When the auction earnings are lesser than the base cost of the advantage of capital or while the base cost is fewer than the auction income then a capital loss or capital gain is said to take place (Sharkey, 2015).

According to section 118 of the ITAA 1997, exceptions are given to the person who pays tax in which he is granted the right to relinquish the capital profit on capital benefits sale of amount of insurance, components of PST, superannuation, undertaking capital amounts and main residence (Woellner et al., 2012).

To reduce the gain of capital, indexation and discount are the two methods that are utilized to decrease the capital gain. This is explained in sections 115 and 114 of the Income Tax Assessment Act, 1997. Percentage rate is functional under discounting (Millar, 2016).

  1. When a property has attainment date or transported time to the fresh proprietor of the property on which the date is 20, 1985 September then such as asset is acknowledged as pre capital gain asset plus such an asset is subject to exemption from gain of capital. This is contained in Sections 104 to 110 of the ITAA 1997 (Brown, 2013).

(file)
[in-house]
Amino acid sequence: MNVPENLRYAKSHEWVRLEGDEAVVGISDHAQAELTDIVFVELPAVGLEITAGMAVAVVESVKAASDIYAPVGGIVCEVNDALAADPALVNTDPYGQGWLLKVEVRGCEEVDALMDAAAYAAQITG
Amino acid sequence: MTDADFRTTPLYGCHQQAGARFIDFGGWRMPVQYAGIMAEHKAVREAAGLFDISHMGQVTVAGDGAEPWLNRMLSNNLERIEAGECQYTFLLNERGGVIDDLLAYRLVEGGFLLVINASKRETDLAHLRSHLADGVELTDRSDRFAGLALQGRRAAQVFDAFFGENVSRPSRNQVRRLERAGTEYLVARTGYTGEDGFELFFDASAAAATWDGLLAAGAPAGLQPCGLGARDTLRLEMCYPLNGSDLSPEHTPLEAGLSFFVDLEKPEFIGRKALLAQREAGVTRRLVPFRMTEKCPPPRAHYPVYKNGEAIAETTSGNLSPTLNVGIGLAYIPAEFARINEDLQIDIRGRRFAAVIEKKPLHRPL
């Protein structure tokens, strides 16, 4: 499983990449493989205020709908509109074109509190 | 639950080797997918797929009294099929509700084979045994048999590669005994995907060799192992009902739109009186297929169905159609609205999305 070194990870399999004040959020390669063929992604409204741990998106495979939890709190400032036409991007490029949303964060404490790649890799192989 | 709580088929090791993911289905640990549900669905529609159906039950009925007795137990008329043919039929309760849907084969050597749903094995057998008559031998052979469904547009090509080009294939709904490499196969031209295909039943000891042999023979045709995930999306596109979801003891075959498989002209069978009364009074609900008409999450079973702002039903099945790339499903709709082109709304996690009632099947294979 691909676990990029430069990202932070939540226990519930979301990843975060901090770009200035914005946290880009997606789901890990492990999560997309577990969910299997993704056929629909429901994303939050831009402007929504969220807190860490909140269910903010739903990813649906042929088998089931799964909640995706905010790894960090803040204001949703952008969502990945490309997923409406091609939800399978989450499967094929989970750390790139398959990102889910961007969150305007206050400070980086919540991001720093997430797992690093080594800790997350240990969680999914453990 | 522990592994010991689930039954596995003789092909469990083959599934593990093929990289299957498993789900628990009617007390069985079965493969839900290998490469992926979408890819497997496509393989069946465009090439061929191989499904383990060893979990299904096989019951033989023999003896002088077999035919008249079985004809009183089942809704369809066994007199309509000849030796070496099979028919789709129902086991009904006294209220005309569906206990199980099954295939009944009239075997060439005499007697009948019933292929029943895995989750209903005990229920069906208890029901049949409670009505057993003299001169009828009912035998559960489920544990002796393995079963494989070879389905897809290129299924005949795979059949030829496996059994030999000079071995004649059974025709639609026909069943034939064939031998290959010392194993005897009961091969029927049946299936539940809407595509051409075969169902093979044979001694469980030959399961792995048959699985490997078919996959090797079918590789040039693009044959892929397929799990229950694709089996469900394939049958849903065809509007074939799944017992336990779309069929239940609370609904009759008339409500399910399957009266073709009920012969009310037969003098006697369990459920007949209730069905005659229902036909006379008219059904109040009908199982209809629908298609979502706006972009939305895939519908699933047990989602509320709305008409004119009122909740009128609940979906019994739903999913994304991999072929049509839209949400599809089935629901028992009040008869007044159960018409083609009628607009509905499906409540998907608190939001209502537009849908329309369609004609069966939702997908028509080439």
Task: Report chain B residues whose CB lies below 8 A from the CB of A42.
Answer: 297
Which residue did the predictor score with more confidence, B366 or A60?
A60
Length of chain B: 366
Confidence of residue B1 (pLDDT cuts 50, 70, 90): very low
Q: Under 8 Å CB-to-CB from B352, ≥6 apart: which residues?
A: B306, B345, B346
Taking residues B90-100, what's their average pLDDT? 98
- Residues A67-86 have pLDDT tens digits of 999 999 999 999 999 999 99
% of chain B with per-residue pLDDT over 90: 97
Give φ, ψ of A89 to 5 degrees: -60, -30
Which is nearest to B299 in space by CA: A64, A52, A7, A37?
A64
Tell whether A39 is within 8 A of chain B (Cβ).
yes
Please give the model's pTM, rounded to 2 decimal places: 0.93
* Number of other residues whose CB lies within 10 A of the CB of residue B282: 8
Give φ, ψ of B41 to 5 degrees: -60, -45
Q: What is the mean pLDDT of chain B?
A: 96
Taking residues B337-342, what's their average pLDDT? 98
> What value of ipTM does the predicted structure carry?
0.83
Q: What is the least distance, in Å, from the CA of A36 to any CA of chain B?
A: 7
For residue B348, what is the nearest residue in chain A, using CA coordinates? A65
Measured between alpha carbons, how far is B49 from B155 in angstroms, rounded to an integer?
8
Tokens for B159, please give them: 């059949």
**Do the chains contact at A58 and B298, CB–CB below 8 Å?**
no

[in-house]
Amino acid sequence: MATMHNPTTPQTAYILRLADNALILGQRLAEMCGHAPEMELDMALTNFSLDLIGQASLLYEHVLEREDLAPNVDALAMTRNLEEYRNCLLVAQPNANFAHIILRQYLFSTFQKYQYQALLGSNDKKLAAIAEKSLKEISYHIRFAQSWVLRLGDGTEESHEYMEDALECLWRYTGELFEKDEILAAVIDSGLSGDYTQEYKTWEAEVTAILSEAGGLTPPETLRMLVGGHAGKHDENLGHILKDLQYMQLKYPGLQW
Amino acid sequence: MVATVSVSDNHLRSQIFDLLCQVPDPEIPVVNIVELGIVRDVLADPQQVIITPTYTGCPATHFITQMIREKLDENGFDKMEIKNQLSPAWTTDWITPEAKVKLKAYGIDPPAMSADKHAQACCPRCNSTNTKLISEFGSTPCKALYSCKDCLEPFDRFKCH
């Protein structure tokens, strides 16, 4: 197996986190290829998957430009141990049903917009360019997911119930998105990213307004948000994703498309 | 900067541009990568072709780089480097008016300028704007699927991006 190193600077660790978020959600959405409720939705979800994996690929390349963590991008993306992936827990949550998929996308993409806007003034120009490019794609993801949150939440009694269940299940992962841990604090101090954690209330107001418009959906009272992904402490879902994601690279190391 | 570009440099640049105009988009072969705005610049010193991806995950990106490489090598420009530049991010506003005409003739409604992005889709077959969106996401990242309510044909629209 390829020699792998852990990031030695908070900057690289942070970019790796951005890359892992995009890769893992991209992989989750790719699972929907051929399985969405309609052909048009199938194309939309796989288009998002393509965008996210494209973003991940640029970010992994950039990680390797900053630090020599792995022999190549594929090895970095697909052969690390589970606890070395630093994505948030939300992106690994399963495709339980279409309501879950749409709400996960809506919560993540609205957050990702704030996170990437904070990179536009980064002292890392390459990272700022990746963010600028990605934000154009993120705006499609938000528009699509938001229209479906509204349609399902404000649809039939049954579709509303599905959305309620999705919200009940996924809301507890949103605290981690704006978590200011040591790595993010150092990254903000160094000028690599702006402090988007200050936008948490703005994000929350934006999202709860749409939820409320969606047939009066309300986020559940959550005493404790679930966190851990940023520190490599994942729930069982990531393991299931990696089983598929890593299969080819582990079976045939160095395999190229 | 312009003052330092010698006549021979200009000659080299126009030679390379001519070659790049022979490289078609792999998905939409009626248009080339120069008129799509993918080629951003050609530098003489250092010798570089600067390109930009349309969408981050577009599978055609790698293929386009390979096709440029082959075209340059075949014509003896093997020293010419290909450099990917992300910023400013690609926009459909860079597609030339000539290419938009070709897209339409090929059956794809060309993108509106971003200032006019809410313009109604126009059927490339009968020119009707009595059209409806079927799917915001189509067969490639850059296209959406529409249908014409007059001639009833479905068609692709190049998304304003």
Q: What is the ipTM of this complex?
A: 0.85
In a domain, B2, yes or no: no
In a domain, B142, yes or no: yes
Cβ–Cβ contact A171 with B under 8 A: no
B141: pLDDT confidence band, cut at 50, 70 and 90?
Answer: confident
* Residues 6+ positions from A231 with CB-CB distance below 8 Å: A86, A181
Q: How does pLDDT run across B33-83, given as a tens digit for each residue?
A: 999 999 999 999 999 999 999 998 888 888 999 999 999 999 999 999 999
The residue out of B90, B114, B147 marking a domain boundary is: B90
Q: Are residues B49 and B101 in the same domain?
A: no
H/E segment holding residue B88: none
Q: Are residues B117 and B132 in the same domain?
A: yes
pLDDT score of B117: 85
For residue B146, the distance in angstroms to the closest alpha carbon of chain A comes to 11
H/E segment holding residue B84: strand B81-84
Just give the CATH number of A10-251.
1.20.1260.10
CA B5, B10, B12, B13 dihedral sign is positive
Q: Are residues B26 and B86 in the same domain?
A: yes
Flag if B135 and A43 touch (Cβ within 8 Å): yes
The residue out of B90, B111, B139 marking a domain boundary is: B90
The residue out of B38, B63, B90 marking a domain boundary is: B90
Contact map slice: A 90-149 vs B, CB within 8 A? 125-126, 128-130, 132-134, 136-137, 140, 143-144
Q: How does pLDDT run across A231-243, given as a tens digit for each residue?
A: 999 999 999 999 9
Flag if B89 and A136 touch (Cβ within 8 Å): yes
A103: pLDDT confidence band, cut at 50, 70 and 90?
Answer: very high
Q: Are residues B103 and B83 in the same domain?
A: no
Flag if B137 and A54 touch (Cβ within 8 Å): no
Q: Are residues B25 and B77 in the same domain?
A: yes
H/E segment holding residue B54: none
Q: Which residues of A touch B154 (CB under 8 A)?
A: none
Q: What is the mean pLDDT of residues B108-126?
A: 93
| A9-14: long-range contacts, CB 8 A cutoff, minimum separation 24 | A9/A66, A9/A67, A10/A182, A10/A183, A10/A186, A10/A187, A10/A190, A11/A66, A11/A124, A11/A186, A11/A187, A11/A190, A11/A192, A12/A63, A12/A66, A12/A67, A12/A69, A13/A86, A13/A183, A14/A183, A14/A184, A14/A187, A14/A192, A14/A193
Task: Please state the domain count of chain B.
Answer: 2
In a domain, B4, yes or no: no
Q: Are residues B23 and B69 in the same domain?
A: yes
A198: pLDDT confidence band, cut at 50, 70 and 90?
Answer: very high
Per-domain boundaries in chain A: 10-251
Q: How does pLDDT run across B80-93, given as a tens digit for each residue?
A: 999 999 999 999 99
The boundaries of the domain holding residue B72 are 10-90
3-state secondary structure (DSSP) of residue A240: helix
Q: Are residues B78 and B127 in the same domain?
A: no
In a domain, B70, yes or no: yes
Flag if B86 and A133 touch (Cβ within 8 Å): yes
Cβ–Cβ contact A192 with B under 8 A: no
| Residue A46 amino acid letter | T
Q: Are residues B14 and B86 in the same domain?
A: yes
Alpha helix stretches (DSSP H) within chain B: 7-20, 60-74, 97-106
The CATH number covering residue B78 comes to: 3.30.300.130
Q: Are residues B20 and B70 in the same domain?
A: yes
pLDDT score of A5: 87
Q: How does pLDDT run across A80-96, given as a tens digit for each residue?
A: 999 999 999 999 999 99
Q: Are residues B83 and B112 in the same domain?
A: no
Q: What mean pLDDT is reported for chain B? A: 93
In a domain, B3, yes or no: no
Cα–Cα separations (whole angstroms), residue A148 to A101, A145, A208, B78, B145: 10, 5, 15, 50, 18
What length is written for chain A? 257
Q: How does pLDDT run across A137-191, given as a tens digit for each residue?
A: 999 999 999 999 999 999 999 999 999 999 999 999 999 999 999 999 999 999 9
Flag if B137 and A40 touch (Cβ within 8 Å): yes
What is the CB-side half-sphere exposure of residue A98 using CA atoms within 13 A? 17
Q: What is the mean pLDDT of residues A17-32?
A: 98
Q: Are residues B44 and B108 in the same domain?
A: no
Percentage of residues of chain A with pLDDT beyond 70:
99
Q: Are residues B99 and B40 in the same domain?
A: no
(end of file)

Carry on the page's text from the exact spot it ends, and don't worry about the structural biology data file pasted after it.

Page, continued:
Mr. Dave sold the dwelling home in which he stayed for more than thirty years plus the date of sale is 27/6/2016. The date of attainment if calculated thirty years reverse shall be 27 1986 June. This cannot be pre capital gain asset in addition to consequently shall not be subject to exemption as per sections 104 – 110.  

Capital gain or loss will be = Sale proceeds – Cost base = 850,000 – 70,000

$780,000 is the capital gain

Discounted capital gain = $390,000.

Capital gain = $390,000

Since the asset of capital is a dwelling house therefore, it is subject to exemption as per section 118 of the ITAA. Conclusively, the gain of capital is not chargeable (Sadiq et al., 2016).